We have updated our popular Top Ten Opt Outs page for consumers. All of the links are fresh, and we have updated the text where it had gotten stale. I am frequently asked which of the opt outs is the most important. Really, that will depend on what is important for you. In general, though,
Every other year, the US Federal Trade Commission issues a report about the national Do Not Call registry to Congress. The FTC has recently released its newest report, and by all measures, the Do Not Call registry is still strong and growing. It is not without its snags, however. For example, complaints about robocalls have increased,
Most parents are unaware that schools can compromise their children’s privacy and possibly their safety by sharing private information like their child’s phone number, home address, date of birth, email, and photos with anyone without consent. The good news is that parents already have the right to opt out of data sharing. Parents and students need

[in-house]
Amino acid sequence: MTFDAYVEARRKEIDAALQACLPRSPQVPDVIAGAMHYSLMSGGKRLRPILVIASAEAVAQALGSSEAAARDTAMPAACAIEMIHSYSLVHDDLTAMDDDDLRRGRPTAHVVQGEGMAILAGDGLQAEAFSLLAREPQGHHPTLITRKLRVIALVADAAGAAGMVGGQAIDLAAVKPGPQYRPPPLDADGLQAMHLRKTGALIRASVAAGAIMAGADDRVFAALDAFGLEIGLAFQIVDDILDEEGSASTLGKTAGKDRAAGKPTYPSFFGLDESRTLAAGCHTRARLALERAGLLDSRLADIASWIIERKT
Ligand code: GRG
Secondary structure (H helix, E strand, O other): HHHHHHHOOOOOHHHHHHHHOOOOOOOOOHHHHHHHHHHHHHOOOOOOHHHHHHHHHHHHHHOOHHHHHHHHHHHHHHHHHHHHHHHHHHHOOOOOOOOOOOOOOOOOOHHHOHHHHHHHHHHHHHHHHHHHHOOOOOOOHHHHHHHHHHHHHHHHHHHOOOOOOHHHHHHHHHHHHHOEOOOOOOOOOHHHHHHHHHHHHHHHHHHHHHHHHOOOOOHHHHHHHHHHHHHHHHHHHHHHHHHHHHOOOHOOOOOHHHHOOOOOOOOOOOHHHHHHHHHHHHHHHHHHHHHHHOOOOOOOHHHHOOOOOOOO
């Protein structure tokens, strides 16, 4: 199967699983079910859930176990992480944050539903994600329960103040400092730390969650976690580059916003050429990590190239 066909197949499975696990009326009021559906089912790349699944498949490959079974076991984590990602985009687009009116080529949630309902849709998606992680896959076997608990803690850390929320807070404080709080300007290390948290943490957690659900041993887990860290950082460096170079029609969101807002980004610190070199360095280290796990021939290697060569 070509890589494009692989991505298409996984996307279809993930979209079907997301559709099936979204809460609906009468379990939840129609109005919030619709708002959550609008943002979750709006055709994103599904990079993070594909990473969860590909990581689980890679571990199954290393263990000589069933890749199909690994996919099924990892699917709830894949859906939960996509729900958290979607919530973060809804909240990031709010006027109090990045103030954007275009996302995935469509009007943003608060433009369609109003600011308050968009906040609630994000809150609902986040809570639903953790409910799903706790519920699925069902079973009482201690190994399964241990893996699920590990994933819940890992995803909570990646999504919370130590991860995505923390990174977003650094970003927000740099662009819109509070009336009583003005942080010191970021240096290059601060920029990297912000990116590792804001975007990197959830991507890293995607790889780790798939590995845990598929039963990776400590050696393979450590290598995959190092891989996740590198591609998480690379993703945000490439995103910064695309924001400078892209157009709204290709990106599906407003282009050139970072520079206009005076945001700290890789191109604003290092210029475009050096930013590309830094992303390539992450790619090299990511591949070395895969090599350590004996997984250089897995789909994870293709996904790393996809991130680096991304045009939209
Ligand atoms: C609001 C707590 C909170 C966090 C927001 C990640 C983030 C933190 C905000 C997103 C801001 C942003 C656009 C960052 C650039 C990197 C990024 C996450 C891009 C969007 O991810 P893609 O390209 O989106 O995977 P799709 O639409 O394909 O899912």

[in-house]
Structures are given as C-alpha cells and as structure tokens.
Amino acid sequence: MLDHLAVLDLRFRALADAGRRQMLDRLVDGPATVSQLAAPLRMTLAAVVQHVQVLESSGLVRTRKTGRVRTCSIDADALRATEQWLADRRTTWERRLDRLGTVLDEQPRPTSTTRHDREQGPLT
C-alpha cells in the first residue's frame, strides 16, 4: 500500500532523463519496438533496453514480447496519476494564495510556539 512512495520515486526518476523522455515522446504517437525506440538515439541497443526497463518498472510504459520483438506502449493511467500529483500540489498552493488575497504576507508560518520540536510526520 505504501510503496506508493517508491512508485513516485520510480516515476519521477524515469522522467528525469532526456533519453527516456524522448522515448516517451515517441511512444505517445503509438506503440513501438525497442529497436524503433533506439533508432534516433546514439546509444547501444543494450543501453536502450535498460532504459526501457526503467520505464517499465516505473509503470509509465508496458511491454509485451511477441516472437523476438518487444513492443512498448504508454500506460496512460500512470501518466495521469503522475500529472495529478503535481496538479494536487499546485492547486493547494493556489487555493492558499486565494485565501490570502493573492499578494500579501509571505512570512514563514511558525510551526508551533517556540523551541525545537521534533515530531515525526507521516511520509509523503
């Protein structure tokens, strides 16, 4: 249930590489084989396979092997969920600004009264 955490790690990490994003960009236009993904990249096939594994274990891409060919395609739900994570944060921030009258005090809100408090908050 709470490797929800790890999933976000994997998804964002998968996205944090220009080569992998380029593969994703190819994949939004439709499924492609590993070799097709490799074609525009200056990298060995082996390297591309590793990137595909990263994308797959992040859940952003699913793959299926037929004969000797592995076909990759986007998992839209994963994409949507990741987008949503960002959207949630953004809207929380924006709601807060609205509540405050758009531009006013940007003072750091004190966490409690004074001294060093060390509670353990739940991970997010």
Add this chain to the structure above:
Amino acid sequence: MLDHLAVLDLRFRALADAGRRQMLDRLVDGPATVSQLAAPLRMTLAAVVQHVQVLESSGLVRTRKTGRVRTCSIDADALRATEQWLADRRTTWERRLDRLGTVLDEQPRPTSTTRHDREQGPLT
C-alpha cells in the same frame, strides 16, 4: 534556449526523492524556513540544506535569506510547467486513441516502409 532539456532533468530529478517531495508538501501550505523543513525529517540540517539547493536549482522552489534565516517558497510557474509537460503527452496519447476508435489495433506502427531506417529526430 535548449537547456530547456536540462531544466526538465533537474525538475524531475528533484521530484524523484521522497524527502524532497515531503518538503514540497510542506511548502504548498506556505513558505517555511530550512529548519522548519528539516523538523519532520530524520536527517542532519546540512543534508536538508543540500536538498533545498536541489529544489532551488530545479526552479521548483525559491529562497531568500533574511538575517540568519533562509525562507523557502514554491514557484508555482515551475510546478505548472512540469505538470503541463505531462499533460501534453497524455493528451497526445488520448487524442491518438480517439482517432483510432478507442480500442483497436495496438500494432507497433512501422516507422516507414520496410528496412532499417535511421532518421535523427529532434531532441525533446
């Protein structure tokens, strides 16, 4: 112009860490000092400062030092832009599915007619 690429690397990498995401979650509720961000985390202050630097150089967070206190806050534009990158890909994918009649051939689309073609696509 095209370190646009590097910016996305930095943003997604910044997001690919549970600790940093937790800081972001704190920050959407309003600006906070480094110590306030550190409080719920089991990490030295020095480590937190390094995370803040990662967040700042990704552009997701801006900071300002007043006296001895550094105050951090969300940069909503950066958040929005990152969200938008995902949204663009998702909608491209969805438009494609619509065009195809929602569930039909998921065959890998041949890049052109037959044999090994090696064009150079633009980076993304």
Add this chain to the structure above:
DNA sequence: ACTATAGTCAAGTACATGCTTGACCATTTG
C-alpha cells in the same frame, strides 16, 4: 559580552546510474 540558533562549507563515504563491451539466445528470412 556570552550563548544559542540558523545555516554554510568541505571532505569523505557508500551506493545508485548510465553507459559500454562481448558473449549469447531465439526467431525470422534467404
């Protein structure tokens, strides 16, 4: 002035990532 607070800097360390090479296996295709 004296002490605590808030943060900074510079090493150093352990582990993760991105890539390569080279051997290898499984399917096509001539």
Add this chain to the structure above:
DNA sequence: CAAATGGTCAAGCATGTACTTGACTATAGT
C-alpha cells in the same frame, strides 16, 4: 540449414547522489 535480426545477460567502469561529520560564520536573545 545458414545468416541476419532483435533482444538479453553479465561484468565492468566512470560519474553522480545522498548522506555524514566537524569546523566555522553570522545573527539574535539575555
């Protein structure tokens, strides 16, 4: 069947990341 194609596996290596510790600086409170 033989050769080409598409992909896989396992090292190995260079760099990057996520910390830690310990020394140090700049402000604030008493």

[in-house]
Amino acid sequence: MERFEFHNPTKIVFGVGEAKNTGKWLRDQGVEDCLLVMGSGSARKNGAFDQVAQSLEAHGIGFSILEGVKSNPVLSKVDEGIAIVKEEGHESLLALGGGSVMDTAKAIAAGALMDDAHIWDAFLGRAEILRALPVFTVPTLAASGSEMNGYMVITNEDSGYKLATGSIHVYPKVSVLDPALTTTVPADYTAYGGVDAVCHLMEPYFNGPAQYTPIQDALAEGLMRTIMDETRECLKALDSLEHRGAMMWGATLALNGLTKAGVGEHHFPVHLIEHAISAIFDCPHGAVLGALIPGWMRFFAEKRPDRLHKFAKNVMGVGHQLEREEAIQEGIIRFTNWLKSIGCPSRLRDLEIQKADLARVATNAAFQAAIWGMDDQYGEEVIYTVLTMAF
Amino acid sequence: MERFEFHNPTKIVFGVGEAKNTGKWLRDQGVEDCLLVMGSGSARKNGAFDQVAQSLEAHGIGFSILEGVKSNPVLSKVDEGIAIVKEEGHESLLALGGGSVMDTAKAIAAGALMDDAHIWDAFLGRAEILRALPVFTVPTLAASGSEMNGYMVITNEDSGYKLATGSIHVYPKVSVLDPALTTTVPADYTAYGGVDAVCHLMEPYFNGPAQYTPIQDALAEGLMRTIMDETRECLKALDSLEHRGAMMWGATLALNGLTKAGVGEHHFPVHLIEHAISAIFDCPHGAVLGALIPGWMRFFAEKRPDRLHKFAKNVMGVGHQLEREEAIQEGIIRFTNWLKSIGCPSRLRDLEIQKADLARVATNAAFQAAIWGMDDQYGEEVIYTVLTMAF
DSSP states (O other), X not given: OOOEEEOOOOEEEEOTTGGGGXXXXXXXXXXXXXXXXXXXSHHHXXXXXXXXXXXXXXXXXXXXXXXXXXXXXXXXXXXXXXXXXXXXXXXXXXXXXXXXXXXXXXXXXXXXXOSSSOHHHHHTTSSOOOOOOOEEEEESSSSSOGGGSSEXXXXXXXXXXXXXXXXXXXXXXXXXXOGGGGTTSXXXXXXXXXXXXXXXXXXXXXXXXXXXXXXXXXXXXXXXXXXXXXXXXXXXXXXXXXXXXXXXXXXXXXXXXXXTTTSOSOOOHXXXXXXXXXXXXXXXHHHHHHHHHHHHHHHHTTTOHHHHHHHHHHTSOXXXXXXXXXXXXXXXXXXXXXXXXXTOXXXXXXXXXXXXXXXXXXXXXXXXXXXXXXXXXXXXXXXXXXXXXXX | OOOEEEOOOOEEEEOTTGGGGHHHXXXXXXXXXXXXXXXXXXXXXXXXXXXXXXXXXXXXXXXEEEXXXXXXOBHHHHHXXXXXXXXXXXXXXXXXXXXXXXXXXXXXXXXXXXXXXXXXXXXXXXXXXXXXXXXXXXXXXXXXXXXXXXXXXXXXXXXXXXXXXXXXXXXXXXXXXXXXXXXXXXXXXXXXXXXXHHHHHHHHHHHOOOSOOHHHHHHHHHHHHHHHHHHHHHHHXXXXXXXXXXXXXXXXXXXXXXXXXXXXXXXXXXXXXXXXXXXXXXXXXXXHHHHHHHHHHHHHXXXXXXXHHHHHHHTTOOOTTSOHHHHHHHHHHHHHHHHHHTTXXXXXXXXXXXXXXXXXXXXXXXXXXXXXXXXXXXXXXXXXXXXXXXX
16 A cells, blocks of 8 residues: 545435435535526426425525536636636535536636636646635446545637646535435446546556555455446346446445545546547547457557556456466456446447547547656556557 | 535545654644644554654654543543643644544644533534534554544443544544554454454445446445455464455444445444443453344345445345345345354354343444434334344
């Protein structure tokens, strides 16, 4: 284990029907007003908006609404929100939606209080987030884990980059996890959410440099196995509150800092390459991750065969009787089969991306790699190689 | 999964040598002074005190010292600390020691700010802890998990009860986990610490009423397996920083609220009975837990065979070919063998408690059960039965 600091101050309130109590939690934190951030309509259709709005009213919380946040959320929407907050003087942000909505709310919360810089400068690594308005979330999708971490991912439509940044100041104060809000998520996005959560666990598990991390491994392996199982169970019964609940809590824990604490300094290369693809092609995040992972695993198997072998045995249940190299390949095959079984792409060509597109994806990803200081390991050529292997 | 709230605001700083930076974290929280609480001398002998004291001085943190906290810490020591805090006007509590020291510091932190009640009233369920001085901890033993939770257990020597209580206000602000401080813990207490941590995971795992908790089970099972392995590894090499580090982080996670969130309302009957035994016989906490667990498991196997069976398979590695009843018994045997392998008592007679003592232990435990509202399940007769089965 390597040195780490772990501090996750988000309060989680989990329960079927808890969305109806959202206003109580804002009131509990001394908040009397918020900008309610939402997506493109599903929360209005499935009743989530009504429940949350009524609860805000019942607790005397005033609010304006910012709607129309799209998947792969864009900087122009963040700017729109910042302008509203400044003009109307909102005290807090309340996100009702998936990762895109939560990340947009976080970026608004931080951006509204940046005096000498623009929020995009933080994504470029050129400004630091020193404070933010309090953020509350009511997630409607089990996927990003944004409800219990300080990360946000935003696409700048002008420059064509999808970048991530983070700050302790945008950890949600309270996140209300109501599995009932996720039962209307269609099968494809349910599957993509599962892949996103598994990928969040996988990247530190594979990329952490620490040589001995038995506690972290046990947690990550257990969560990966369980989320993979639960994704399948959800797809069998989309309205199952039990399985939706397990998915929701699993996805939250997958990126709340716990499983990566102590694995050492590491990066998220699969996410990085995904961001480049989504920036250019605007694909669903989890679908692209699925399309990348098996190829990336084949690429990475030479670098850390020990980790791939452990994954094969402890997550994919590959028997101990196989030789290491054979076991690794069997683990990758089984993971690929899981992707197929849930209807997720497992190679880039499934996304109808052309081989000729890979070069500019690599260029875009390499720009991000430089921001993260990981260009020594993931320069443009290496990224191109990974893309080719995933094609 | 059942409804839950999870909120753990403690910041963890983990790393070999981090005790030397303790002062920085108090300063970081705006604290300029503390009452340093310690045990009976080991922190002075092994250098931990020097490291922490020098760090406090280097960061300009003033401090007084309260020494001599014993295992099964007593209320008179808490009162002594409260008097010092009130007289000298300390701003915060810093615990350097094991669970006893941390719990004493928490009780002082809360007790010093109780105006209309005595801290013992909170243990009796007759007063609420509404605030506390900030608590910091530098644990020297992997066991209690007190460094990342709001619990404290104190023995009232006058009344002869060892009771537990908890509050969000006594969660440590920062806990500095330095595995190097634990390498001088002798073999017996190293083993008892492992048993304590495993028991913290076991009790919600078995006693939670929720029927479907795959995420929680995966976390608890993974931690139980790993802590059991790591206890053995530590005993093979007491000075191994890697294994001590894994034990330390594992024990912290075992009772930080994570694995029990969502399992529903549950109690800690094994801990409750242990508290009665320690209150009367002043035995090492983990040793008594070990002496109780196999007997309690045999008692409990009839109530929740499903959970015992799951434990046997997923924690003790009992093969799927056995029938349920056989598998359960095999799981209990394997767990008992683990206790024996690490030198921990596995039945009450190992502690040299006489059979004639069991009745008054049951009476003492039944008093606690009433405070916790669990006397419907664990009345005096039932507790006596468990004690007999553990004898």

Most parents and students do not know that under the law as it is now, Directory Information about students can be shared with third parties without parental or student consent. The Family Educational Rights and Privacy Act determines what kinds of information schools can share with third parties. Although directory information may sound innocuous, it can include information about each student that is quite detailed. Directory information can include:
Many people have told us that they think opting out is confusing. We agree. Opting out can range from the not-too-difficult (the FTC’s Do Not Call list is a fairly simple opt out) to the challenging (the National Advertising Initiative opt out can be tricky). Our hope is that this list will clarify which opt out does what, and how to go about opting out.